Featured Research

from universities, journals, and other organizations

Scientists Trigger Cancer-like Response From Embryonic Stem Cells

Date:
October 14, 2008
Source:
Forsyth Institute
Summary:
Scientists have discovered a new control over embryonic stem cells' behavior. The researchers disrupted a natural bioelectrical mechanism within frog embryonic stem cells and trigged a cancer-like response, including increased cell growth, change in cell shape, and invasion of the major body organs. This research shows that electrical signals are a powerful control mechanism that can be used to modulate cell behavior.

Scientists from The Forsyth Institute, working with collaborators at Tufts and Tuebingen Universities, have discovered a new control over embryonic stem cells' behavior. The researchers disrupted a natural bioelectrical mechanism within frog embryonic stem cells and trigged a cancer-like response, including increased cell growth, change in cell shape, and invasion of the major body organs. This research shows that electrical signals are a powerful control mechanism that can be used to modulate cell behavior.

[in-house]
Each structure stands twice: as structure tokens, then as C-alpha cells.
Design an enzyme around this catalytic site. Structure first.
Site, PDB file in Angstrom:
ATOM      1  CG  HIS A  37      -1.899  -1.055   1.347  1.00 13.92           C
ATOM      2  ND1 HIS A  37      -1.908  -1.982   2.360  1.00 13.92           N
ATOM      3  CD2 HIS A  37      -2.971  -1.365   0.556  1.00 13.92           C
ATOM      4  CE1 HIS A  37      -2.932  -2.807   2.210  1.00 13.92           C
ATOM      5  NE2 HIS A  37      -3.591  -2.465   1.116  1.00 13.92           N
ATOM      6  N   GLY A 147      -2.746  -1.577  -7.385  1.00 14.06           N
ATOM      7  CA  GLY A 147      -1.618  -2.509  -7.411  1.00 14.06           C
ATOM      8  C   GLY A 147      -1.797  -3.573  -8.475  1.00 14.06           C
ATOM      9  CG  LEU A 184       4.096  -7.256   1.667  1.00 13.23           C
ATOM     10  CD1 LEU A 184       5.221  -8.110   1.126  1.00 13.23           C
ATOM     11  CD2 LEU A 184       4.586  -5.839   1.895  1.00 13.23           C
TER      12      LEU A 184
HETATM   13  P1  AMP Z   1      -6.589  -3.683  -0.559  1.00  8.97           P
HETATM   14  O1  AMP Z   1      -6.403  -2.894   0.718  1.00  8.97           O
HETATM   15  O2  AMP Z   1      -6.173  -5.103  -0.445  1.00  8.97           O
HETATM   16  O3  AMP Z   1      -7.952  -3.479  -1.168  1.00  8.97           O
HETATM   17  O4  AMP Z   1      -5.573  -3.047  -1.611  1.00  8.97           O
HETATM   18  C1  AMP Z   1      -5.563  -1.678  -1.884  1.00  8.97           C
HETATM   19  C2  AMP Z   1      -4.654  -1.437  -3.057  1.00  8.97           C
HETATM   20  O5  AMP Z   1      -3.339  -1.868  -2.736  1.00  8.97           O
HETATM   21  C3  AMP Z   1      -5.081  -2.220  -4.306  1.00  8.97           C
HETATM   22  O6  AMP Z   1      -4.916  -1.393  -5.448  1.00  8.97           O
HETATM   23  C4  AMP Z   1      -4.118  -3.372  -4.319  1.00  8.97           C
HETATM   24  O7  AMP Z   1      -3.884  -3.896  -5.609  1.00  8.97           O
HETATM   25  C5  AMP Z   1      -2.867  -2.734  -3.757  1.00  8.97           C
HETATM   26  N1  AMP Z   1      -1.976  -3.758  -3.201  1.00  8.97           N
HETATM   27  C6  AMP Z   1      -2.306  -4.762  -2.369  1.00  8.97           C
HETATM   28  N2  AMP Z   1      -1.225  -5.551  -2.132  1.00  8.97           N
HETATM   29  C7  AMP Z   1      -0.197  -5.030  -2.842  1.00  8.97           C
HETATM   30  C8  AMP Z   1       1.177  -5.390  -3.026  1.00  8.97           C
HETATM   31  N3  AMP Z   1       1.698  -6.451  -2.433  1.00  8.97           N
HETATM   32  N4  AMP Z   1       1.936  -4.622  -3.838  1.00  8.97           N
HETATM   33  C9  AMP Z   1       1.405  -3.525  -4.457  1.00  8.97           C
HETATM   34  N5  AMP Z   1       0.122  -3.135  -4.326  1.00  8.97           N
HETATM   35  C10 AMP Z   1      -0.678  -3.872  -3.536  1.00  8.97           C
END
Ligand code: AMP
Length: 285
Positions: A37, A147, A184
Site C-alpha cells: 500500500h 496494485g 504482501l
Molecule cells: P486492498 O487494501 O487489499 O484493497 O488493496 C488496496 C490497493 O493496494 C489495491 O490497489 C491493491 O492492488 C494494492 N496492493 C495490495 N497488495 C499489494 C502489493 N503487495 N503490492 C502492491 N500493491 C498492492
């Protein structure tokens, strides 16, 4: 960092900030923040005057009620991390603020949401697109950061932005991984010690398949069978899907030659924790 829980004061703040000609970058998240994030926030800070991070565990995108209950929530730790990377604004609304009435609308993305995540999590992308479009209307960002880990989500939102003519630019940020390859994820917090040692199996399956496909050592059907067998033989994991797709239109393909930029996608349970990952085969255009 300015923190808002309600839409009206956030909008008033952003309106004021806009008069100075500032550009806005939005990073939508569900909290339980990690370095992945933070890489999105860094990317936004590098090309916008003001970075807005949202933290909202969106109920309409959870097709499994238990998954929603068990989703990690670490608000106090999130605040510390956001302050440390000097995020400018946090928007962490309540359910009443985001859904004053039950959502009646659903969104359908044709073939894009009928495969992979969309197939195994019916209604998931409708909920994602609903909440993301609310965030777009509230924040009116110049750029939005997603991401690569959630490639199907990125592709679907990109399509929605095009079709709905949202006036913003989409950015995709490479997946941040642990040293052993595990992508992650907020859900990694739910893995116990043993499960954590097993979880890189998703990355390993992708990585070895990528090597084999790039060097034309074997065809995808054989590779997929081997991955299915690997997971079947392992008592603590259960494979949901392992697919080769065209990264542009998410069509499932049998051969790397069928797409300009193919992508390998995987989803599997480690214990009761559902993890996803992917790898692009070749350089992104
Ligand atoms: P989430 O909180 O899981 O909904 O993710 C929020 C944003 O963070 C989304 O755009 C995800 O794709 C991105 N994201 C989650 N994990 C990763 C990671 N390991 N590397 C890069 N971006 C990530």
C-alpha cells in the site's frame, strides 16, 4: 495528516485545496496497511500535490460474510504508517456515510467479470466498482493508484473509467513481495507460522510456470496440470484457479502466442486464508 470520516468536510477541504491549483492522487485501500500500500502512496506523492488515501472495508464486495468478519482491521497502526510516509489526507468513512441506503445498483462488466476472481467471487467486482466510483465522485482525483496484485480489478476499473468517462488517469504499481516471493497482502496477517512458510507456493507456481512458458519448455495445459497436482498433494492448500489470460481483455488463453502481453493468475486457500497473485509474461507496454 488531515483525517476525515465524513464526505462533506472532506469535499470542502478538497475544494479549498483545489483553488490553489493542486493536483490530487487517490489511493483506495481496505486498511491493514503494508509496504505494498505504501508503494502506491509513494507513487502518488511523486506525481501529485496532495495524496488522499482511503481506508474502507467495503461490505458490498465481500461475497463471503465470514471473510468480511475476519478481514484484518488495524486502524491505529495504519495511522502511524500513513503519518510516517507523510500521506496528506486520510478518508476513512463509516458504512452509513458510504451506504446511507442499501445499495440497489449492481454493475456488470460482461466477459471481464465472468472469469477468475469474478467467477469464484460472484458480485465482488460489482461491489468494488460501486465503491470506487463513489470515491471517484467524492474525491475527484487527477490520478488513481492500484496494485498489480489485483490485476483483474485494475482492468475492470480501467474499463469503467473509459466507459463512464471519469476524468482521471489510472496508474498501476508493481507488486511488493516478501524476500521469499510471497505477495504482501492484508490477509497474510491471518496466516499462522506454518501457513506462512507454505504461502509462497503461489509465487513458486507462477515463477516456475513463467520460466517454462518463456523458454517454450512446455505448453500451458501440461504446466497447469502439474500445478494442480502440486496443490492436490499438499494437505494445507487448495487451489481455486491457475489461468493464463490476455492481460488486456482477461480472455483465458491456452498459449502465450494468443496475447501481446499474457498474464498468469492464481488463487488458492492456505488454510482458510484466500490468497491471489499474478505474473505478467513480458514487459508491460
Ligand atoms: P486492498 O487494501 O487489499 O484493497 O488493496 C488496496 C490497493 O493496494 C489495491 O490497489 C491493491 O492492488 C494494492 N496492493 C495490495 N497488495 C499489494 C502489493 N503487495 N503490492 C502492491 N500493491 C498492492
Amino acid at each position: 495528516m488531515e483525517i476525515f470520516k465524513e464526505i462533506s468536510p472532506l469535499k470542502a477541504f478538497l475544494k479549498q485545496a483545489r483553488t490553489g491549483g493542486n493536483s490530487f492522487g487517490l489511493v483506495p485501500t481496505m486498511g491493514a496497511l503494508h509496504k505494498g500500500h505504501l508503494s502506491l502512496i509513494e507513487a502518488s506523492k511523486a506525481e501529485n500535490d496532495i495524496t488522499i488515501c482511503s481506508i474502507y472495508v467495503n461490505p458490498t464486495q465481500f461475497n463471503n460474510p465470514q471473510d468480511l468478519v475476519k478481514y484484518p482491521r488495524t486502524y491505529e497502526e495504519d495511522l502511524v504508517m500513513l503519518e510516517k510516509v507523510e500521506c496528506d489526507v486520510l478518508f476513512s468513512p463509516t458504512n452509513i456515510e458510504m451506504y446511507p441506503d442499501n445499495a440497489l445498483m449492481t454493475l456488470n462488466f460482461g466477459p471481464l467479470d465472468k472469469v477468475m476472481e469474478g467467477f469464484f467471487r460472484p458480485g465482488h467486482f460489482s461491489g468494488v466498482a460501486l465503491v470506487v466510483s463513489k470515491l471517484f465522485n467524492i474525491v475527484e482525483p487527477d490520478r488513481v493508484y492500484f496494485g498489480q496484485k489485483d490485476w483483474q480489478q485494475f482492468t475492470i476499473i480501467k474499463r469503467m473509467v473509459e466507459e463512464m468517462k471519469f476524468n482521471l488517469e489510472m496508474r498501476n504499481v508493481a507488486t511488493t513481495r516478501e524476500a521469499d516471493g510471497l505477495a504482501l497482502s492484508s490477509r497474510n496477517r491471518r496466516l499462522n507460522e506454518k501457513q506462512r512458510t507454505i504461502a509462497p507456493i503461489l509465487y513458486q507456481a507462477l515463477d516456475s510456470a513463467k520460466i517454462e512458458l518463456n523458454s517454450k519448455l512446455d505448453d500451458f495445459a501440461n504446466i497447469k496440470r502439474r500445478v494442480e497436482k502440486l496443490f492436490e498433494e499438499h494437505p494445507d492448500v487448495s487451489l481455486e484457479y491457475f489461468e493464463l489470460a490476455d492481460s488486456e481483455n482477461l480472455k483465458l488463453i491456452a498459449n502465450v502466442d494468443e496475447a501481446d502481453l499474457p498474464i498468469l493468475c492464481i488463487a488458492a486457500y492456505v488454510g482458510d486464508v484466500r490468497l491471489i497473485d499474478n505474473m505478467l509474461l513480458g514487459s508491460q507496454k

The team of Forsyth Institute scientists, led by Michael Levin, Ph.D., Director of the Forsyth Center for Regenerative and Developmental Biology, have identified a new function for a potassium (KCNQ1) channel, mutations of which are known to be involved in human genetic diseases such as Romano-Ward and Jervell-Lange-Nielsen syndromes. The team interrupted the flow of potassium through KCNQ1 in parts of the Xenopus frog embryo. This resulted in a striking alteration of the behavior of one type of embryonic stem cell: the pigment cell lineage of the neural crest. When mutated, these pigment cells over-proliferate, spread out, and become highly invasive of blood vessels, liver, heart, and neural tube, leading to a deeply hyper-pigmented tadpole.